Sevens World Series: How to win 30 million fans in six days

Story highlights

  • New sevens series start in Dubai
  • Aiming to capitalize on Rio 2016 success
  • Big gains in rugby's worldwide audience

(CNN)After an Olympic "fairytale," rugby is on a roll -- but can it maintain the momentum?

World Rugby CEO Brett Gosper says research has shown the sport has recruited 60 million fans in the past 18 months, with half of those coming from the six days when sevens made its debut at the Rio 2016 Olympics.
    The story of the Fiji men's team winning the Pacific Island nation's first medal of any kind -- and it was gold -- captured the hearts of viewers around the globe.
    A venue worker's marriage proposal to a Brazilian player after the women's final also made headlines.
    Now, three months later, Gosper is hoping the new Sevens World Series season can capitalize on the game's recent boom.
    "The series has been growing very rapidly," the Australian told CNN ahead of this week's opening men's and women's 2016-17 tournaments in Dubai.
    "We had a new group of destinations last year -- Vancouver, Singapore, Sydney, Cape Town -- and we built our fan base, the actual attendance, to 700,000 -- which was considerably higher than the previous year.
    "There's a huge buzz around that property. We've now got six stops on the women's tour, 10 on the men's tour. It's a bit like Formula One, it travels around the world, it's highly global.
    "This is something that really can ensure that between Olympics, rugby sevens doesn't have a trough and retains that excitement throughout."
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    Rio legacy

    The International Olympic Committee will confirm next year which sports feature at Tokyo 2020, and Gosper is confident sevens will be on the program "for a long time" after the positive impact rugby made in Brazil following a 92-year absence.
    An Argentina fan at the Rio Olympics.
    "We knew when it got to the field the players would step up and perform because in the HSBC Sevens Series there's never a bad tournament, it's always spectacular. We really got the fairytale story in the end," he says.
    "It sits well at the Olympics, we got some high ratings around the world from a broadcast perspective and there was a huge buzz. All of those things point to the fact we'll be in the Olympics for a long time, hopefully."
    Brazil, however, is not in the men's world series -- Argentina, which placed fifth last season and sixth at the Olympics, is South America's sole representative among the core teams.
    Brazil's women will again be part of the women's series, having improved from 10th last season to ninth at the Olympics.
    "On the legacy front, we've been planning for a long time, working with the (Brazilian rugby) union to make sure that we can really embed the sport in the country," Gosper says.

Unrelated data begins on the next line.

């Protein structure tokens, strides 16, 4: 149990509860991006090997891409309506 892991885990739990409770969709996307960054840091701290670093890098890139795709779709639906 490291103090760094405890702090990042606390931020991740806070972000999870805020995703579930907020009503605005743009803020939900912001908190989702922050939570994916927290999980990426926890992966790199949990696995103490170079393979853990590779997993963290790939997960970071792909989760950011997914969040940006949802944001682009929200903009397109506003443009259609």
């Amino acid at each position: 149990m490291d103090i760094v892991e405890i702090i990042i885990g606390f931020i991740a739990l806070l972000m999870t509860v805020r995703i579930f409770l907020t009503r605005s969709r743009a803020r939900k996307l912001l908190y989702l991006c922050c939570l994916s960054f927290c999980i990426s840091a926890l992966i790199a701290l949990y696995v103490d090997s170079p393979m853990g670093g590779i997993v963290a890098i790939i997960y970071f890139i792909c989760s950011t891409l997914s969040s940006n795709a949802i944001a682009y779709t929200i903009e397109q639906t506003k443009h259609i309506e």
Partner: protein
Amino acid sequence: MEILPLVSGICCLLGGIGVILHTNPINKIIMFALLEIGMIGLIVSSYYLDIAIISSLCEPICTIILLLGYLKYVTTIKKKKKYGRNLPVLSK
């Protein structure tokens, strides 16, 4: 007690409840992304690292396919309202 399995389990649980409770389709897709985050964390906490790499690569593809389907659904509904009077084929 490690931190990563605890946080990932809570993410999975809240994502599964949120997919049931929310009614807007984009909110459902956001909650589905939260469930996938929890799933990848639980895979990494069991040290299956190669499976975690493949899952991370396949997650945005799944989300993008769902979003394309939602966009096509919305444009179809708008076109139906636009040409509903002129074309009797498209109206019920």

"We've seen huge growth there around the Olympics, through sponsorship, and getting a rugby program in schools."

    'Cherry Blossoms' bloom

    There will be big interest in Japan's performance in the men's competition, having returned to the top tier.
    The country's shock win over South Africa at the 2015 Rugby World Cup has stoked passion for the game there ahead of its own hosting of the 15-a-side tournament in 2019, while its sevens team made it to the semifinals of the Olympics before losing the bronze medal match against South Africa.
    "It's very different for rugby to be in the context of Asia for the first time," Gosper says of the continent's debut staging of the game's premier tournament.
    "We're expecting big crowds, big numbers of visitors and a really spectacular backdrop that we're not used to seeing in rugby. It will be culturally very different to any World Cup we've had before."
    Nielsen Sports surveyed six of rugby's key markets before and after the Olympics -- Australia, France, Germany, Japan, Britain and the US -- and found that group alone had brought in almost 17 million new fans.
    Gosper says Germany, where rugby is a minor sport, had TV audiences of four million during the Olympic sevens and three million for some 2015 World Cup matches.
    "It's been in that country for a long time but it just seems to be going through a bit of a resurgence, as it is in Spain as well," he says.

    Growing the game

    The big prizes, however, are the US and Chinese markets.
    "The United States is not just an investment market in terms of growth in numbers, for us it's a return-on-investment market because we'll see that in terms of revenue, in terms of broadcast during Rugby World Cups. It's already the fastest growing team sport in America."
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    World Rugby has signed a 10-year, $100 million deal with Ali Sports -- part of e-commerce giant Alibaba -- aimed at growing the Chinese game from grassroots level and setting up professional leagues.
    "One day they'd like to host a Rugby World Cup as well. They're in a hurry to do big things in rugby so that can only, of course with the population they have, result in huge numbers," Gosper says.
    China is a long way from having a sevens team in the world series, but it can take inspiration from the recent progress of Uganda -- which returns this week after a decade away.
    The African rugby minnow won its 2016 regional tournament to earn an invitational place at the first two rounds in Dubai and Cape Town (December 10-11), and will also have the chance to earn a spot for the 2017-18 series in April's qualifier at the Hong Kong Sevens.
    "The win has buoyed the lads in schools and the communities," head coach Tolbert Onyango told the World Rugby website.
    "They now see that there's a clear pathway to greater things; there is more to play for and their dreams can finally come true of playing on the world stage against top teams in the world."